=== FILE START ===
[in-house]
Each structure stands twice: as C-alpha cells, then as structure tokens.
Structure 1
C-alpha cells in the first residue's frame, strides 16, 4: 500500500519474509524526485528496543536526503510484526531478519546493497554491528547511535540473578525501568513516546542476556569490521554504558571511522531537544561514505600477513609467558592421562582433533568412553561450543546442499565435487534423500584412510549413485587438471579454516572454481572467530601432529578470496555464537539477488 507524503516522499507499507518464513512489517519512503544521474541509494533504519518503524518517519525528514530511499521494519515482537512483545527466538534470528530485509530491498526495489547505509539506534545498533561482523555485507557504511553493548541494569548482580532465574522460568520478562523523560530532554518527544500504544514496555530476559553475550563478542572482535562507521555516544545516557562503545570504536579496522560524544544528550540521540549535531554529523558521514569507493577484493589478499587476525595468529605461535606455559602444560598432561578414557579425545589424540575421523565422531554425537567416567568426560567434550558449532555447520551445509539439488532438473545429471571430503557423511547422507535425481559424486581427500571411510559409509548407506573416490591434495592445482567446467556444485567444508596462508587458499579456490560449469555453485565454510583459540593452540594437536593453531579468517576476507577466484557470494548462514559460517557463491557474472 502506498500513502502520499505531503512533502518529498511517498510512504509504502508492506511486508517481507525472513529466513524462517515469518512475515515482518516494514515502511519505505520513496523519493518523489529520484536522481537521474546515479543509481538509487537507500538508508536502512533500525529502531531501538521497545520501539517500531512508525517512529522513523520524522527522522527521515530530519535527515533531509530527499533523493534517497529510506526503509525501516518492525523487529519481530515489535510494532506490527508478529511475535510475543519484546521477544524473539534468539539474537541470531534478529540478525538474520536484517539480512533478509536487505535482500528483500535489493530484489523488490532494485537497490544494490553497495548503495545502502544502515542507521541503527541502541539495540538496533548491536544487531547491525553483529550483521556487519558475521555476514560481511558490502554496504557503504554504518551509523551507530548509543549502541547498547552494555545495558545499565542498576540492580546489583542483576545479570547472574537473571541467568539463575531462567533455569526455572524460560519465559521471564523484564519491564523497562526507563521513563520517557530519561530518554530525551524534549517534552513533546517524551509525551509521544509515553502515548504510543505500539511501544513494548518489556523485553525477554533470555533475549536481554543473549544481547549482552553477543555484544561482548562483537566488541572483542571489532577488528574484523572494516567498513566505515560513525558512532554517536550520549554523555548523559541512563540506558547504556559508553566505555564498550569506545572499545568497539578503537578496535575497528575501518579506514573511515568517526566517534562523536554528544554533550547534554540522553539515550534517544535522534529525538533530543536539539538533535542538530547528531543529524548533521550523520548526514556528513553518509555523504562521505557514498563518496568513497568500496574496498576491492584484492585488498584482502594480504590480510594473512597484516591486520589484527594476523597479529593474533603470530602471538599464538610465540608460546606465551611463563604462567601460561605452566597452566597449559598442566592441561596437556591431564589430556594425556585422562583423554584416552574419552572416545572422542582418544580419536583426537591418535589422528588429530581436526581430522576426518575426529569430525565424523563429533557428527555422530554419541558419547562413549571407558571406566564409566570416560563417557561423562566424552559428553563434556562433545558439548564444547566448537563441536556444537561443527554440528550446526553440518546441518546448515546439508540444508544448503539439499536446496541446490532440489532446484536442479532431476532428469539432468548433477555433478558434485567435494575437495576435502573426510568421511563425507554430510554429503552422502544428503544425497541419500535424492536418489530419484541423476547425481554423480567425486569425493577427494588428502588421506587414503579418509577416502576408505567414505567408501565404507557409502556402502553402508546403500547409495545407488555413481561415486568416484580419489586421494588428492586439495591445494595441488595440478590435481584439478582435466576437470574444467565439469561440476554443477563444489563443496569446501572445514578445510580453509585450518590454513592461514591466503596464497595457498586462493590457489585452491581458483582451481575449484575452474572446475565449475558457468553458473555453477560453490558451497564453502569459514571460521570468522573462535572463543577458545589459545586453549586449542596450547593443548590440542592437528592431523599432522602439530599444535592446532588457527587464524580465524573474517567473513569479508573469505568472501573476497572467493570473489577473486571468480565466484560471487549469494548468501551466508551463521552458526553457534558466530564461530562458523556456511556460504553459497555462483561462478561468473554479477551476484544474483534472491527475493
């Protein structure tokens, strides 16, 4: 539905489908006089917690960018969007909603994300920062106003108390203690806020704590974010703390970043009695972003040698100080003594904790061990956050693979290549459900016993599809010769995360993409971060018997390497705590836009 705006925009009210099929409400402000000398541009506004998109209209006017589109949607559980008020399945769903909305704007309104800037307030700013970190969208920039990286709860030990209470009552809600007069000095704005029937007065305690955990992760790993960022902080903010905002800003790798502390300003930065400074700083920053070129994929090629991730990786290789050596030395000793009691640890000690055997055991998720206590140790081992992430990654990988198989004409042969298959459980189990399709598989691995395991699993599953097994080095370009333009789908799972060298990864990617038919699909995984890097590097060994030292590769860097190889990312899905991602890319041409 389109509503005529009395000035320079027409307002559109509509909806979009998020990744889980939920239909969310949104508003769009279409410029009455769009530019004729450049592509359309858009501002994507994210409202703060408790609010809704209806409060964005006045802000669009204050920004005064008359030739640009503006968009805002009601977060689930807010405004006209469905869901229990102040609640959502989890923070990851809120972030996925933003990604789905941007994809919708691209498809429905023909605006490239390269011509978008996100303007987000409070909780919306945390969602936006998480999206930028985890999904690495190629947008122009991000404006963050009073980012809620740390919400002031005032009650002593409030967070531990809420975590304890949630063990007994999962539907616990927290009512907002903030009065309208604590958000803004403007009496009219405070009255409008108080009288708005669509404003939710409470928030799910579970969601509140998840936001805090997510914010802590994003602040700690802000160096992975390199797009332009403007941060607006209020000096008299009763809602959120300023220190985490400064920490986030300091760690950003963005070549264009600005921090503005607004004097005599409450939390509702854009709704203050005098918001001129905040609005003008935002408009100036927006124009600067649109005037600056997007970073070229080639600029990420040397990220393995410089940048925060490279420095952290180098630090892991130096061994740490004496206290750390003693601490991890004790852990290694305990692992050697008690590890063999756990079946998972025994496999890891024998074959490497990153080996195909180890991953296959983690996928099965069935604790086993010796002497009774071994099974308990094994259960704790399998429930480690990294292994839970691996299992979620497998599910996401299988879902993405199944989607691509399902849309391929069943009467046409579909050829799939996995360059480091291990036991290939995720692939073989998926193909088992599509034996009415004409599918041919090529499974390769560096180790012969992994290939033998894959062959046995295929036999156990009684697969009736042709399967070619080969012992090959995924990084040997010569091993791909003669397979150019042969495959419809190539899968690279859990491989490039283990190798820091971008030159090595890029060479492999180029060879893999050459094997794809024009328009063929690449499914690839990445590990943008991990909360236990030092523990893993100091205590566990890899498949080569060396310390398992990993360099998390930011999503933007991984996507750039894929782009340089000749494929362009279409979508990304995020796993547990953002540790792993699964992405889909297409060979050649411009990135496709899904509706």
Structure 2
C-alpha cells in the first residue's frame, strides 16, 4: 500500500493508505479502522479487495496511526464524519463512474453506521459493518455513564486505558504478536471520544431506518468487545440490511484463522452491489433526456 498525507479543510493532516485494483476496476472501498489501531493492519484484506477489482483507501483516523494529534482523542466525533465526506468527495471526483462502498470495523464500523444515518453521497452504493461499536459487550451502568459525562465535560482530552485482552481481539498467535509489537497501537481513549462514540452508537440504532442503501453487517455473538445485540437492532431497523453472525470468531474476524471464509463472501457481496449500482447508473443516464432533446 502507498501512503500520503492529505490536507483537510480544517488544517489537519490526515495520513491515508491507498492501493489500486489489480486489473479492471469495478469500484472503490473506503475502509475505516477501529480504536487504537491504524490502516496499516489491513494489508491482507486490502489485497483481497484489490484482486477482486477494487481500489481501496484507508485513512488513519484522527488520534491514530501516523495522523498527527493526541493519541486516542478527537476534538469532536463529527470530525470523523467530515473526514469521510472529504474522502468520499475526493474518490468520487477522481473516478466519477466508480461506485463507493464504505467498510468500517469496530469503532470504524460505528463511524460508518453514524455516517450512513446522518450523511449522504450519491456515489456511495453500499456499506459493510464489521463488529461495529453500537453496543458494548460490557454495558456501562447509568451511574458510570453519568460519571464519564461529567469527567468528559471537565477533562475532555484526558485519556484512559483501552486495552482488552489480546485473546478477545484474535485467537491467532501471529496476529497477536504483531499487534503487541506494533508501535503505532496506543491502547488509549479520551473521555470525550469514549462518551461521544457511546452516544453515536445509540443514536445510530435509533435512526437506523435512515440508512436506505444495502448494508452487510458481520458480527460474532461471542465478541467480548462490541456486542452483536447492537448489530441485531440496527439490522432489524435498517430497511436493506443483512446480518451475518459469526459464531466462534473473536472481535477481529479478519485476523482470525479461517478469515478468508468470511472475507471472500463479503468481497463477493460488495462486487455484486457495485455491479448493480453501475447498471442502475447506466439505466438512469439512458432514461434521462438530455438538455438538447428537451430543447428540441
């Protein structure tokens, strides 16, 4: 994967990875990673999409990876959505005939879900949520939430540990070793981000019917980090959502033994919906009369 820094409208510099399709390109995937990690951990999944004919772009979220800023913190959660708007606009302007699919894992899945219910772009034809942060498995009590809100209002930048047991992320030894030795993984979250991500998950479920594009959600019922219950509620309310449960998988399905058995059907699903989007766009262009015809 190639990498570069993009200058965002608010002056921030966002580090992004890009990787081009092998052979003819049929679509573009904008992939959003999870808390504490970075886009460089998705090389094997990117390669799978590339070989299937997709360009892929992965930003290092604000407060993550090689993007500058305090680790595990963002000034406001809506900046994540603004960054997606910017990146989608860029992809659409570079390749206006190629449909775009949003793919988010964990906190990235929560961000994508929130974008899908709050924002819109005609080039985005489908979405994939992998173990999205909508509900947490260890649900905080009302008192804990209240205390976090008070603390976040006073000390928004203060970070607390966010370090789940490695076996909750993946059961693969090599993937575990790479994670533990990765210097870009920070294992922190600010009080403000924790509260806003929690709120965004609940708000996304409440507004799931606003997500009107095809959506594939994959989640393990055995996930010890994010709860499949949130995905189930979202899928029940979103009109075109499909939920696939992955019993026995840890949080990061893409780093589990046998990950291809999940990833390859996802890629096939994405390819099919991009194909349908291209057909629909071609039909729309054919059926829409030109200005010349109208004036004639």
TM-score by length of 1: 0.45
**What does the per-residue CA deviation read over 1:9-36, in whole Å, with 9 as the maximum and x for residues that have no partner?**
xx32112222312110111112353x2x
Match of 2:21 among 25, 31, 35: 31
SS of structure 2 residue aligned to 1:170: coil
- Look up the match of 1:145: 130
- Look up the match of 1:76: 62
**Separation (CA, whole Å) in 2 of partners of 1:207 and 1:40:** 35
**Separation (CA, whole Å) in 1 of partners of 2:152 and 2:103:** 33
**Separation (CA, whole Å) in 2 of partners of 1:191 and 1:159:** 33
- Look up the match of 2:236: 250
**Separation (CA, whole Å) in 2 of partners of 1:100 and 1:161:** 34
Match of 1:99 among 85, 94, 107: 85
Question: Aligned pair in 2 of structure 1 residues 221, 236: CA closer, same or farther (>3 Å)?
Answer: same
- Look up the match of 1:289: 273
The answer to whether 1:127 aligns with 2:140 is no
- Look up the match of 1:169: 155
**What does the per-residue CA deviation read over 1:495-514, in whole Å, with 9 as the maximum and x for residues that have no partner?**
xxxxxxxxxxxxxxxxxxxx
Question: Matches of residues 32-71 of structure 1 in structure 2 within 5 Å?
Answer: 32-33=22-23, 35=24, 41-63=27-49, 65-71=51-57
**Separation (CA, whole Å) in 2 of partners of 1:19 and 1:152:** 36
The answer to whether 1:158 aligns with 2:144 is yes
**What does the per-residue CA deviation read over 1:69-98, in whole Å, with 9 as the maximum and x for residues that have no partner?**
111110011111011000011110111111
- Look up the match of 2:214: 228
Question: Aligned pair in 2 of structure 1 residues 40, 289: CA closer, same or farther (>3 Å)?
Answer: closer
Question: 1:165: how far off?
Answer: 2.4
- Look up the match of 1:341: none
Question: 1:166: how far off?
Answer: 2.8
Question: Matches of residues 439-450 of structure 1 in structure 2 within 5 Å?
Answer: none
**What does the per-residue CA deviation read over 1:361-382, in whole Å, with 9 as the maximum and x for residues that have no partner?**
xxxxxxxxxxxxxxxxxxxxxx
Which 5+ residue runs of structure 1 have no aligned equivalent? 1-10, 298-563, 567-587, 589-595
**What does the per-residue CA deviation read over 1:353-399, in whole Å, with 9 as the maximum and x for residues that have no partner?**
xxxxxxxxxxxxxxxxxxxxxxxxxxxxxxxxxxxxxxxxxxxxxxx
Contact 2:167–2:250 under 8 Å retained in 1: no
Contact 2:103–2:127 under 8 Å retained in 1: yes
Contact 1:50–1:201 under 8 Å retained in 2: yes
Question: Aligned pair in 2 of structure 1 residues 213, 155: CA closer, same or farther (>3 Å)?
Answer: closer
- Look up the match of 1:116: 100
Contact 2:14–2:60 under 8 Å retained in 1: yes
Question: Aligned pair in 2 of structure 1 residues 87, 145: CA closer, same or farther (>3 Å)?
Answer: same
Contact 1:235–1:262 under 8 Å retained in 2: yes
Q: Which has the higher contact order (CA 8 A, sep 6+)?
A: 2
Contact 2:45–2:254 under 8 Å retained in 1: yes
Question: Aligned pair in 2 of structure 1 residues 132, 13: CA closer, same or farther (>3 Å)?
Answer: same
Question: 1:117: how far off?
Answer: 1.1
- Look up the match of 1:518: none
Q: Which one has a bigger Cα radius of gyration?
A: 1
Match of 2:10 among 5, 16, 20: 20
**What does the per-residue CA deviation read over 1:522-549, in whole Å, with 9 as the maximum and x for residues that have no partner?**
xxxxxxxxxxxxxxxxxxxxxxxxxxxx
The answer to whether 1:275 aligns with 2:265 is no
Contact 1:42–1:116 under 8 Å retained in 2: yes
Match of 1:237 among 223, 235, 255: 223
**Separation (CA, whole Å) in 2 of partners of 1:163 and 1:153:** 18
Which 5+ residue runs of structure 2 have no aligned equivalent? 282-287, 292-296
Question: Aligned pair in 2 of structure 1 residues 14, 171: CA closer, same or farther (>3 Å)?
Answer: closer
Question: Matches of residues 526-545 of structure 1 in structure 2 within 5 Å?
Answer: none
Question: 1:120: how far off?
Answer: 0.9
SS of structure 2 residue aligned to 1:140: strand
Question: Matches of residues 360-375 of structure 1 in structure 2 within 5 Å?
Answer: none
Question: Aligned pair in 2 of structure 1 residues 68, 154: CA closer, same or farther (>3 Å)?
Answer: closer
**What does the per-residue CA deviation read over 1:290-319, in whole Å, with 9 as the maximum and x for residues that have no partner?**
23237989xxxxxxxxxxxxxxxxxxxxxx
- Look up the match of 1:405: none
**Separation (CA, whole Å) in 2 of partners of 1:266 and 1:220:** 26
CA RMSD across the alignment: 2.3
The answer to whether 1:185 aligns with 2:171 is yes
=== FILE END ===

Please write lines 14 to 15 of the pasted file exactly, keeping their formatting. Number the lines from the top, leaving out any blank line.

- Look up the match of 1:145: 130
- Look up the match of 1:76: 62